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Afghan Women Find Their Voice


Najiba Khalil (left) and Noshaba Ashna, co-hosts of Afghan Service call-in show for women, Najiba Noshaba

Najiba Khalil (left) and Noshaba Ashna, co-hosts of Afghan Service call-in show for women, Najiba Noshaba

Before becoming VOA Director, I served as Director of Communications and Public Diplomacy at the U.S. Embassy in Kabul and got to know -- and respect – the Afghan people. But some things about the country were unsettling for an American--particularly the role of Afghan women--or perhaps I should say the lack of a role for Afghan women, in the country’s public life. That background helps explain why I am so eager to draw your attention to a radio program the Afghan Service introduced last year: Najiba Noshaba.


It’s a weekly women’s call-in show named for its co-hosts, Najiba Khalil and Noshaba Ashna, which airs every Tuesday at 8 PM Kabul time.
Launched in September 2014, the show had a highly ambitious goal: to get Afghan women to participate in on-air discussions and debates about important issues.


Co-hosts Najiba and Noshaba had no illusions about what they were up against. In spite of the great advances made by Afghan women over the past 14 years, few of them take part in public discussions, which they consider the domain of men. As long-time VOA broadcasters, Najiba and Noshaba had experienced this first-hand. Each had hosted dozens of call-in shows related to women’s issues that drew few, if any, women callers.


To encourage women to call their show, Najiba and Noshaba chose topics of concern to women – such as violence against women, women’s rights – and openly discouraged male callers by frequently mentioning the show’s motto: “No men allowed.”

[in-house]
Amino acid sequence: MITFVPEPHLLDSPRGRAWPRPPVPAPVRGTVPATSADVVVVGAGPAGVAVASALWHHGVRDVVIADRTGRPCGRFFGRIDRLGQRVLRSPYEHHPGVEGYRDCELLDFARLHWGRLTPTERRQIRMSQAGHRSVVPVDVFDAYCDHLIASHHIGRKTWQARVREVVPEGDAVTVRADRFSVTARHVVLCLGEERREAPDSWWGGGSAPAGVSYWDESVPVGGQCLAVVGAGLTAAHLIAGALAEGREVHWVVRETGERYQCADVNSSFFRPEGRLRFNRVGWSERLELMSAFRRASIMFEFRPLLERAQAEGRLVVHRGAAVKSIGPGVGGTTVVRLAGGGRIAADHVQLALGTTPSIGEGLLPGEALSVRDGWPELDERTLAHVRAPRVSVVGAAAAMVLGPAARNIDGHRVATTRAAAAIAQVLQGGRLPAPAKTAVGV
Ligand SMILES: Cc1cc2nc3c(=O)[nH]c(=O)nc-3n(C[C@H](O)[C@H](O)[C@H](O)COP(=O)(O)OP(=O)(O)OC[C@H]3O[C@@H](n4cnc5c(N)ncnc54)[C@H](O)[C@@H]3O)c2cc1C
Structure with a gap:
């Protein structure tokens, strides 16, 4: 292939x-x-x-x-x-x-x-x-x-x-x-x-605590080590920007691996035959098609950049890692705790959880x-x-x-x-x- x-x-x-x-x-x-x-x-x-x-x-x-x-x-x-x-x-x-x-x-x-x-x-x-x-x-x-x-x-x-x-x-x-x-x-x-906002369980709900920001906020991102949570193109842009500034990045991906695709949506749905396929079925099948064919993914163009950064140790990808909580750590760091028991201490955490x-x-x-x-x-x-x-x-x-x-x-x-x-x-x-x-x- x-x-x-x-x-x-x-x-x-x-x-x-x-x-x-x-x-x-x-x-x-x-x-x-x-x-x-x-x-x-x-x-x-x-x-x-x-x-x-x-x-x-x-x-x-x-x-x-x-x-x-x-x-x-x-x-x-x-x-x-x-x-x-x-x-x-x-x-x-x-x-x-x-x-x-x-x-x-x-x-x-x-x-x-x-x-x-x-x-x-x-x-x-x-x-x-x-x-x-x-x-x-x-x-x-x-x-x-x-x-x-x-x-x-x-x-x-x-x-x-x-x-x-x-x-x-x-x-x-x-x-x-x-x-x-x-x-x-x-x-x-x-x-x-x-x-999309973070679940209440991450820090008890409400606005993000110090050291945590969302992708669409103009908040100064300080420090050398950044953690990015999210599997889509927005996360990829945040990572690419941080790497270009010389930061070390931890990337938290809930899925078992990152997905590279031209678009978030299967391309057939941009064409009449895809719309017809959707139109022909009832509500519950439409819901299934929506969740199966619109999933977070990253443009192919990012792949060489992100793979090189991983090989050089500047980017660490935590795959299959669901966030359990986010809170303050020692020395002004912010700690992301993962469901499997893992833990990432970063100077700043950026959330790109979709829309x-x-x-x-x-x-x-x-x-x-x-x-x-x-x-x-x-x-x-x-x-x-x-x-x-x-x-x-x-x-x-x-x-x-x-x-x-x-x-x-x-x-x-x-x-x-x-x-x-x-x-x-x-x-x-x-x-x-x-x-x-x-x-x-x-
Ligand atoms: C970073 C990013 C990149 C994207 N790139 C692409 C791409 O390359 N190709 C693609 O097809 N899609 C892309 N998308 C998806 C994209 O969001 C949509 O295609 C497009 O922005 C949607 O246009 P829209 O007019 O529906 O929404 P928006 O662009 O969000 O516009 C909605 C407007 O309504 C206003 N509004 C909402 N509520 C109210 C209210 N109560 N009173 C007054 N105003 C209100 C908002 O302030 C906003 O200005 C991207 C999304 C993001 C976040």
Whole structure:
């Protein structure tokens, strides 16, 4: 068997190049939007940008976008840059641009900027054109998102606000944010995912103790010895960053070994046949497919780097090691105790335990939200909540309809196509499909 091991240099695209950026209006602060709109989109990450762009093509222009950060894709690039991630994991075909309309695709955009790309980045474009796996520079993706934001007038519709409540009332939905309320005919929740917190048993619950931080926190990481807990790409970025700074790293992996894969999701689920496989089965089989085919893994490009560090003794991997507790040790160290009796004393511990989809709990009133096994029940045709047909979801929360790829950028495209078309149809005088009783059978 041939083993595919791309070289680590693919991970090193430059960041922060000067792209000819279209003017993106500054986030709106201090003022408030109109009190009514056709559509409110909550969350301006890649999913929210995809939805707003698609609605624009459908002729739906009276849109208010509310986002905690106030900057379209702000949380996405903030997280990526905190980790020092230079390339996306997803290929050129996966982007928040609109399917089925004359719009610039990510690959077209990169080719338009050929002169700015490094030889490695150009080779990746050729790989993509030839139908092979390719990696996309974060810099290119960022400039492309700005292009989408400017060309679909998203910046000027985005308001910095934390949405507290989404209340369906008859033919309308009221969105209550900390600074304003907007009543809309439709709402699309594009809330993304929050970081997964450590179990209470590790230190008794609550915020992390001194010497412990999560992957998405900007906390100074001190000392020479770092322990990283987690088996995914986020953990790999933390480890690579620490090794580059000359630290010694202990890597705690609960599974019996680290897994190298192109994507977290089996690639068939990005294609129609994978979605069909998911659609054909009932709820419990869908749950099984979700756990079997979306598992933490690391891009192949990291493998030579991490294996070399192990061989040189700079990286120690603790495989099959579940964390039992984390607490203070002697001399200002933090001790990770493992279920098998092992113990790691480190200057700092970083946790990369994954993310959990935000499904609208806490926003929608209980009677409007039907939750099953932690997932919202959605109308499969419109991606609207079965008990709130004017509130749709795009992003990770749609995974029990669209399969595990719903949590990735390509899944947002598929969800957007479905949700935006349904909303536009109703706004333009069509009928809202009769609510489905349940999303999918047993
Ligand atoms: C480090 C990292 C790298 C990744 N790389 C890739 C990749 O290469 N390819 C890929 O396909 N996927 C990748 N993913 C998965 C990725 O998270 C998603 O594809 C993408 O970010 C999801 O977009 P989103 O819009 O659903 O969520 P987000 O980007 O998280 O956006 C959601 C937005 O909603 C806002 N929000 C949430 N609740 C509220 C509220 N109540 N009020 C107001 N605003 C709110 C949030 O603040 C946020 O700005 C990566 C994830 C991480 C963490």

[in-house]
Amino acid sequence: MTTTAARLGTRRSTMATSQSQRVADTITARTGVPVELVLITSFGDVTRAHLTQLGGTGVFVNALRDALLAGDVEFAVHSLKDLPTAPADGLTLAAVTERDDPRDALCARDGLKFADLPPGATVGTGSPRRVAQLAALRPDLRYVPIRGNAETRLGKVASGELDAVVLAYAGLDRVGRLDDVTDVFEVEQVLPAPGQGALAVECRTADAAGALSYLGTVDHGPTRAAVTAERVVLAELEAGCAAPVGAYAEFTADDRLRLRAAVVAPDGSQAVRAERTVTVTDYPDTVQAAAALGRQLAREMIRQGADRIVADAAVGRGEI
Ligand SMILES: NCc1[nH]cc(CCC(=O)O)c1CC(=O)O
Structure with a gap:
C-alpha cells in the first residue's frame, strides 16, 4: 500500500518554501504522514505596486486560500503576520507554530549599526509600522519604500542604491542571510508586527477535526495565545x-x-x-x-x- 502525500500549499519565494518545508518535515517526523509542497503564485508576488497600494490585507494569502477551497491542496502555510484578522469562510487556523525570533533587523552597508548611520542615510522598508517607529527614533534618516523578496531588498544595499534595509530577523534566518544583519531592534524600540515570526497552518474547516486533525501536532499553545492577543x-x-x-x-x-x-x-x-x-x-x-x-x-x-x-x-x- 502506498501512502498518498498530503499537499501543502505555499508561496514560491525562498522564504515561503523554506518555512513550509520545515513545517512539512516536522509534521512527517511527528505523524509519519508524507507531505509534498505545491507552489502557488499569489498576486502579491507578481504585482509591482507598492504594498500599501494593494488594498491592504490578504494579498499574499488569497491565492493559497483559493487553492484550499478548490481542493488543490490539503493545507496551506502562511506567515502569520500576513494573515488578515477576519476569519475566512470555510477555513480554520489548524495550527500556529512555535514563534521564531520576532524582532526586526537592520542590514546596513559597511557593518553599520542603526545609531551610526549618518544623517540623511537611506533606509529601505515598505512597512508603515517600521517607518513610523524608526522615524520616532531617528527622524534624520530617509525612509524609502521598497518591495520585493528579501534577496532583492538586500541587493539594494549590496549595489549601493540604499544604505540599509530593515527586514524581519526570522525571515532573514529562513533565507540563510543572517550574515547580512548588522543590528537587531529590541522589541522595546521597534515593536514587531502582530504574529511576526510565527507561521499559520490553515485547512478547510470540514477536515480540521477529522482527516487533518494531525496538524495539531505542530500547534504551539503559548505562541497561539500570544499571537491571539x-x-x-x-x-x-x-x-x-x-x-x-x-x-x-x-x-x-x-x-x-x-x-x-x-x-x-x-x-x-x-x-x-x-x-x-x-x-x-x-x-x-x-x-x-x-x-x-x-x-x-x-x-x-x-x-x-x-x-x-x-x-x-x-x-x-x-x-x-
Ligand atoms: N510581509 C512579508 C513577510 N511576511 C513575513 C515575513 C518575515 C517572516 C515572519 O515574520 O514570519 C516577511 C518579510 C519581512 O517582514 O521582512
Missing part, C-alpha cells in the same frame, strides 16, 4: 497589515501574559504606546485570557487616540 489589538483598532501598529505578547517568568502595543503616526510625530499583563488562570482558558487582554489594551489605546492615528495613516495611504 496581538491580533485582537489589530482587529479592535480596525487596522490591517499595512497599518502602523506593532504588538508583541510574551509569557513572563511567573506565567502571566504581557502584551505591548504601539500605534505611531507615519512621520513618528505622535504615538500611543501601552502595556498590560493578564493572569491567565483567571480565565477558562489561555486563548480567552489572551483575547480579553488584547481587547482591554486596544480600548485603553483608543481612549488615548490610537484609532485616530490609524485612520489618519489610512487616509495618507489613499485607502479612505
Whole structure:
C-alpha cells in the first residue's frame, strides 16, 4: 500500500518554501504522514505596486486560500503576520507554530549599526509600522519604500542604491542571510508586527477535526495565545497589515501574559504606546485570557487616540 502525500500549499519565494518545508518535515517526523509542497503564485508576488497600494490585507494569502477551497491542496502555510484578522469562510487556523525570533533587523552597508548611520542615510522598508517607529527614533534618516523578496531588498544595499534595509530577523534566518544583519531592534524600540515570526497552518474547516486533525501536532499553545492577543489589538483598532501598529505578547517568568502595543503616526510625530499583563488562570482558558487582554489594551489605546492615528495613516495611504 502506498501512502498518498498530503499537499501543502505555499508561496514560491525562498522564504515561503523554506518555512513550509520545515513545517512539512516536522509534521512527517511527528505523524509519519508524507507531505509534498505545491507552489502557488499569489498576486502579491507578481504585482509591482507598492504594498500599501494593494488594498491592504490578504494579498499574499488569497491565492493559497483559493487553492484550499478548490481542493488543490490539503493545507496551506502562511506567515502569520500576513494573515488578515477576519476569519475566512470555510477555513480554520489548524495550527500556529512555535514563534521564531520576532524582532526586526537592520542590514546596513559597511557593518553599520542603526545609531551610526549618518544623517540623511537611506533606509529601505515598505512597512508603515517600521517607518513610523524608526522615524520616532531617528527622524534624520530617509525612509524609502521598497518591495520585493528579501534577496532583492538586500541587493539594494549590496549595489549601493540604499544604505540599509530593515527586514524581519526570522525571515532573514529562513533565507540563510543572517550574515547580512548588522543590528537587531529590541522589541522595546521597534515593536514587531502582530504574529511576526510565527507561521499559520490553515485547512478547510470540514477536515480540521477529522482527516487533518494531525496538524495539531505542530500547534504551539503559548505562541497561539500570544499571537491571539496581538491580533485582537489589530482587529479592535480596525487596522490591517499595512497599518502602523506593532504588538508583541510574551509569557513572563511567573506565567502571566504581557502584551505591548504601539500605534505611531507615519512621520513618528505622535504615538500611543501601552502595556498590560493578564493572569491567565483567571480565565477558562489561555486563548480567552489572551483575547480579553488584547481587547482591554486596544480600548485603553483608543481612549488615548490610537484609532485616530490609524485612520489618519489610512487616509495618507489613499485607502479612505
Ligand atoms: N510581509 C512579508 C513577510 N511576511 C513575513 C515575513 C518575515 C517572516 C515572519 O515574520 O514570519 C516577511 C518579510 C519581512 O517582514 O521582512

But the opening weeks of the show were bumpy. While dozens of outspoken men called into each show, not a single female did. The show was beginning to look like a flop.


Instead of giving up, Najiba and Noshaba decided to tweak the show. Rather than discussing macro issues such as women’s rights, they focused on issues that women struggle with in their daily lives: health care, literacy, economic opportunity. They dedicated one show to pre-natal care, the lack of which is a leading cause of maternal mortality in Afghanistan. Another show focused on the value of literacy.


And the calls from women started coming in. By the third month, Najiba and Noshaba had solved their women problem and had even fielded more than a dozen calls per show from once-improbable places: Uruzgan, Khost, Helmand – the Taliban heartland.


The biggest test of the show's success came in February when Najiba Noshaba focused on "men's attitudes towards women." The topic would definitely have met with radio silence from women last year, but now it made for a lively discussion.


And for the first time the show suspended its "no men allowed" rule and invited men to join the conversation. Needless to say, more than a few did. But they were outnumbered by the women.

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